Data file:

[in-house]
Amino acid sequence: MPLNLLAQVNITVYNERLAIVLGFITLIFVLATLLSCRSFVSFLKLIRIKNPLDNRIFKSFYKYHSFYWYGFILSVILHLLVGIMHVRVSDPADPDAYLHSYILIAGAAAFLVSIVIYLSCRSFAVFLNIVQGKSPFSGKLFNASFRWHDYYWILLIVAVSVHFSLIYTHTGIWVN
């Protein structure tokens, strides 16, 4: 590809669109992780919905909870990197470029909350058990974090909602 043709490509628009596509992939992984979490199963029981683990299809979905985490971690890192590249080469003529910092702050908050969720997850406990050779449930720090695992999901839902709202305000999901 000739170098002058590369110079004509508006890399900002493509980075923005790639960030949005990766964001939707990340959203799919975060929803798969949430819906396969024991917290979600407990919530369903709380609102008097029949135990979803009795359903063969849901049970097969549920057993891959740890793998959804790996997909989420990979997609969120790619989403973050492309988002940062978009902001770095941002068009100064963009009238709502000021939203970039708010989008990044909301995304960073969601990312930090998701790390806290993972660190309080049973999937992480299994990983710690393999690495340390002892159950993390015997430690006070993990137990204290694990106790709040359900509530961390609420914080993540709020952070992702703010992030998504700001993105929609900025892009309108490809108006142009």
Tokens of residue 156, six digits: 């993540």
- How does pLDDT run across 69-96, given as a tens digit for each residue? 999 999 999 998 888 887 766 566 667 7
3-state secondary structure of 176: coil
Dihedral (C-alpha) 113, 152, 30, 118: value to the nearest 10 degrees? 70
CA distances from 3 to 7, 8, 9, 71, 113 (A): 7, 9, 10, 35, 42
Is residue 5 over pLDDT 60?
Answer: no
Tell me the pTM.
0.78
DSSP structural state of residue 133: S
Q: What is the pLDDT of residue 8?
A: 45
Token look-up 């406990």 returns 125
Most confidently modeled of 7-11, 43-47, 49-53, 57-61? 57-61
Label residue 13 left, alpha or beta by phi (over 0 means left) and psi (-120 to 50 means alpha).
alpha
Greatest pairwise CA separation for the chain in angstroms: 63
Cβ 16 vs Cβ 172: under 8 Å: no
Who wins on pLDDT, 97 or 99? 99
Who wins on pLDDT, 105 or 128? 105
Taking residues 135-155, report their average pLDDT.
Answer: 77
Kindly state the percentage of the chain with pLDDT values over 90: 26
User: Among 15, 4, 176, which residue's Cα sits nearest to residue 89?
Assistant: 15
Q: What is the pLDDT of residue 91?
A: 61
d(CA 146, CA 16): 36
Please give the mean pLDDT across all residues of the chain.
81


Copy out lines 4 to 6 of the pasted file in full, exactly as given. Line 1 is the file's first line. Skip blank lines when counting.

Tokens of residue 156, six digits: 């993540």
- How does pLDDT run across 69-96, given as a tens digit for each residue? 999 999 999 998 888 887 766 566 667 7
3-state secondary structure of 176: coil